Saudi Interior Minister Prince Nayef bin Abdel Aziz said Friday that Riyadh would continue to apply Islamic law, or sharia, which he said did not violate human rights.
"The respect of human rights is present in Islam and sharia, and no other law on earth could be more just to man than Islam," Prince Nayef said, quoted by the official SPA news agency.
Prince Nayef also dubbed the Amnesty International report released March 28 on human rights "violations" in Saudi Arabia as "clearly a tendentious campaign against Islam to misrepresent it."
"We can discuss their (Amnesty's) claims that we do not apply sharia, but we reject outright their opposition to Islam as a dogma and source for our laws, and reaffirm our attachment to Islam and its principles," he said.
"Does the fact of applying sharia to guarantee security violate human rights? Do we also have to pardon criminals and ignore the victims?" he asked.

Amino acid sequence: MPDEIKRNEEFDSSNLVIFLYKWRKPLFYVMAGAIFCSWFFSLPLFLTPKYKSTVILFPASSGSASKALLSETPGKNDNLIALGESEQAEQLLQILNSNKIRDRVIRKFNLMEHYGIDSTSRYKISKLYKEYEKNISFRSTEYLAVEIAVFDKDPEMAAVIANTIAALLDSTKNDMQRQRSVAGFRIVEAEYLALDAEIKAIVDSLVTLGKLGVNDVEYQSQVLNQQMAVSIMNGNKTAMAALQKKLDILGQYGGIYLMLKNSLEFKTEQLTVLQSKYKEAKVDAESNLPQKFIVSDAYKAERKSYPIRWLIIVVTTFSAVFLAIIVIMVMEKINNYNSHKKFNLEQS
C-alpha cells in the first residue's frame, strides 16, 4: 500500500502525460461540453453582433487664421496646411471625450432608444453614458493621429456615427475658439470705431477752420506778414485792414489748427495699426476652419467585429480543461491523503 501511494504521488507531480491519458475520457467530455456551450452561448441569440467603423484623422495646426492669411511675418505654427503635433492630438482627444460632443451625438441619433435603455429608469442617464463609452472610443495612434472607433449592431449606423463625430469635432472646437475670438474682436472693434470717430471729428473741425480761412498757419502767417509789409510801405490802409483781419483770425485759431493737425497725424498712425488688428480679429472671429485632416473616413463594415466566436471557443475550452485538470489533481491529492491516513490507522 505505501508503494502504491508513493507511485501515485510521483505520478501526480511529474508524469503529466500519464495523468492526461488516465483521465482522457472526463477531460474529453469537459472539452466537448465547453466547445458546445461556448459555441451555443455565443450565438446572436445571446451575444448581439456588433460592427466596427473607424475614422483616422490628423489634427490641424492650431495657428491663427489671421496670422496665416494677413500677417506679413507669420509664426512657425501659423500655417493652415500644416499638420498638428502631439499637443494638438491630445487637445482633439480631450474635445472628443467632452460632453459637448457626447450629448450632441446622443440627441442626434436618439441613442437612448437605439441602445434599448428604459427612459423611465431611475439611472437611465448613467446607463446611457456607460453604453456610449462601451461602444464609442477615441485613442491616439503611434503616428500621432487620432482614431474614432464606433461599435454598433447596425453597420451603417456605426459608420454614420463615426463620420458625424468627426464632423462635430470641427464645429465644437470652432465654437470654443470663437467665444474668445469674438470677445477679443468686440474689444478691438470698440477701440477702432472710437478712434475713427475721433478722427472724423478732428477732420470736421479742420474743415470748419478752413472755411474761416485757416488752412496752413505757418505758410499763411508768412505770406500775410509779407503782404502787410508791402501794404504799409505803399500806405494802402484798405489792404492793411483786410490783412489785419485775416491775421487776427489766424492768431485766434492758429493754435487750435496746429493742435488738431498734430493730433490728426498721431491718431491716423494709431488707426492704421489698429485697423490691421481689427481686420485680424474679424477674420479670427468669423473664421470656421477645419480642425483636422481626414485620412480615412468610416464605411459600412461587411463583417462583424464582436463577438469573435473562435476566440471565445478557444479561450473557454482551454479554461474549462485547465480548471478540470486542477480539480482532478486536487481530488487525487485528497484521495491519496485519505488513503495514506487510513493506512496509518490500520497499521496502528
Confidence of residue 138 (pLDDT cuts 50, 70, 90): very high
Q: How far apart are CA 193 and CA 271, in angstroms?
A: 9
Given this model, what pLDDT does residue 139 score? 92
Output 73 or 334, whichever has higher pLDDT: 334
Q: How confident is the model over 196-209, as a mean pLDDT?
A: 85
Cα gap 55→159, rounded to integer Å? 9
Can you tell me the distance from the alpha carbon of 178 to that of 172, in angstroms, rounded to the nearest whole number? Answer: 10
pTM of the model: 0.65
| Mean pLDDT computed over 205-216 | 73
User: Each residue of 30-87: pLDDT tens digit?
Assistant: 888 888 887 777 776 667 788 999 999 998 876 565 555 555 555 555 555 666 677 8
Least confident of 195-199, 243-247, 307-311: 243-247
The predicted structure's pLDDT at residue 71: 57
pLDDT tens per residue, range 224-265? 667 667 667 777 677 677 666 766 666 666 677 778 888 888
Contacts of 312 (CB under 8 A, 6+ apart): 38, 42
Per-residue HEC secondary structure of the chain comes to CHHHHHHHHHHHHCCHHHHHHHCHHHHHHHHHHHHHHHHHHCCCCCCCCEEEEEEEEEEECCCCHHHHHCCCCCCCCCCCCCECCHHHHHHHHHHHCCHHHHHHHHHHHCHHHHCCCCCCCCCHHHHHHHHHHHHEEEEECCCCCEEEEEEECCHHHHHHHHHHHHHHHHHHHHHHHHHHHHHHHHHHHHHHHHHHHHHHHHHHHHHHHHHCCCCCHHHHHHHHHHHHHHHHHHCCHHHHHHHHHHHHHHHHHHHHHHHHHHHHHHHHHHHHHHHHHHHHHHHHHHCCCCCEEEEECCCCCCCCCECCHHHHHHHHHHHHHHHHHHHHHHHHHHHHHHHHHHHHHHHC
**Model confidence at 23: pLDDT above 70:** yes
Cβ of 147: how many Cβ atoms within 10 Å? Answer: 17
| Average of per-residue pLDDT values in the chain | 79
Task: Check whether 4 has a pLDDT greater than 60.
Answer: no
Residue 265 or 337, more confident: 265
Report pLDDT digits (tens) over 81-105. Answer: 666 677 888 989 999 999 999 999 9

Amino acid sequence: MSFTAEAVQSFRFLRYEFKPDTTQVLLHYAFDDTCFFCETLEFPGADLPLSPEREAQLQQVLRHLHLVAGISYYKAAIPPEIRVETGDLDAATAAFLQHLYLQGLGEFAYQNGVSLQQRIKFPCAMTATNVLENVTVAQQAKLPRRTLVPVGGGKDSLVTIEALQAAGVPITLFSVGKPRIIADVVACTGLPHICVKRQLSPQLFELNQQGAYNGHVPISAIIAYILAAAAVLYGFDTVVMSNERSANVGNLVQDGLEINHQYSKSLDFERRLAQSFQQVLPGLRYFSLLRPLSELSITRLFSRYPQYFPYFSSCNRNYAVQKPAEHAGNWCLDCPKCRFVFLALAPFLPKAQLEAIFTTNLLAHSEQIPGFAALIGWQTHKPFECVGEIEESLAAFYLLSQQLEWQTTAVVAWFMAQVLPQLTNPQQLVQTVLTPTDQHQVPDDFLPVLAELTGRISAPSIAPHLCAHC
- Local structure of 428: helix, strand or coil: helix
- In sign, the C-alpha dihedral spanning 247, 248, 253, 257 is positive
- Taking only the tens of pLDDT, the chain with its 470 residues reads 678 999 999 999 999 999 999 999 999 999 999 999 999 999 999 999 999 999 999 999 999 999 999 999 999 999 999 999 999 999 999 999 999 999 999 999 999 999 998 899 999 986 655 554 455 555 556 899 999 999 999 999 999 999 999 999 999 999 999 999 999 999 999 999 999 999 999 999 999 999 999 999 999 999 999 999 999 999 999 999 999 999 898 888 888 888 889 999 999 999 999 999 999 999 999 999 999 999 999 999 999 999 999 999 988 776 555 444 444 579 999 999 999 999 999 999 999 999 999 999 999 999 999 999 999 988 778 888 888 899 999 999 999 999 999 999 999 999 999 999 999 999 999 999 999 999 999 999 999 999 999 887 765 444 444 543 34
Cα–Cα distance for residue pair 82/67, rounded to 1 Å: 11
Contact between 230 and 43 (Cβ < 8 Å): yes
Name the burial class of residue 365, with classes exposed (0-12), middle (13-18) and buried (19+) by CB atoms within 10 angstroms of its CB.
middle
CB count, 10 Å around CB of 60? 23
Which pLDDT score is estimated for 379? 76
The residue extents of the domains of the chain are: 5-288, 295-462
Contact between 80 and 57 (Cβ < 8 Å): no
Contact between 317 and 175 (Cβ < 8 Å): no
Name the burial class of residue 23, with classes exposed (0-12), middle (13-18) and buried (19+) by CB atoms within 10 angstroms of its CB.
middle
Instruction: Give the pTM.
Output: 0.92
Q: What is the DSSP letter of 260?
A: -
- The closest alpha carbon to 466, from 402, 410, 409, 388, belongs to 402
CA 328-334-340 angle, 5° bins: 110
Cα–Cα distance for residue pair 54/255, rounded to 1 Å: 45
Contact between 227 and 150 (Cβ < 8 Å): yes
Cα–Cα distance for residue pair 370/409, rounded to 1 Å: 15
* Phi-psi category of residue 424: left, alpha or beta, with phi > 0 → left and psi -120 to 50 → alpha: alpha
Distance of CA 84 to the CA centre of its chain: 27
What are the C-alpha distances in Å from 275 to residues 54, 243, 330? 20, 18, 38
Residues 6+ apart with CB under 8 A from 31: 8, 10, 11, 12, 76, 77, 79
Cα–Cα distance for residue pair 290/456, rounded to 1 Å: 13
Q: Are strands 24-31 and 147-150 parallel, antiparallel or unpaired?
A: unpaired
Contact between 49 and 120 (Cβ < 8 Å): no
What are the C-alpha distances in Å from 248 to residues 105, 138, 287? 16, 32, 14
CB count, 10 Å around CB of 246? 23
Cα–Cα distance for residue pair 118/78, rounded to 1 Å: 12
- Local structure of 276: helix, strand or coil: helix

The prince also called on Amnesty to present proof to back up its accusations and stressed that the Saudi kingdom had "nothing to hide."
Amnesty accused Saudi Arabia of arbitrary arrests, torture and executions, the persecution of political opponents and religious minorities and cruel judicial punishments, including amputations.
The kingdom rejected the charges made by the London-based human rights organization but said it was ready for a special rapporteur to visit to check on the independence of its judicial system.
The conservative Gulf kingdom regularly imposes the death penalty on murderers, drug traffickers, rapists, armed robbers and those convicted of apostasy, and also orders the amputation of the hands - or less often feet - of convicted thieves -- RIYADH (AFP).
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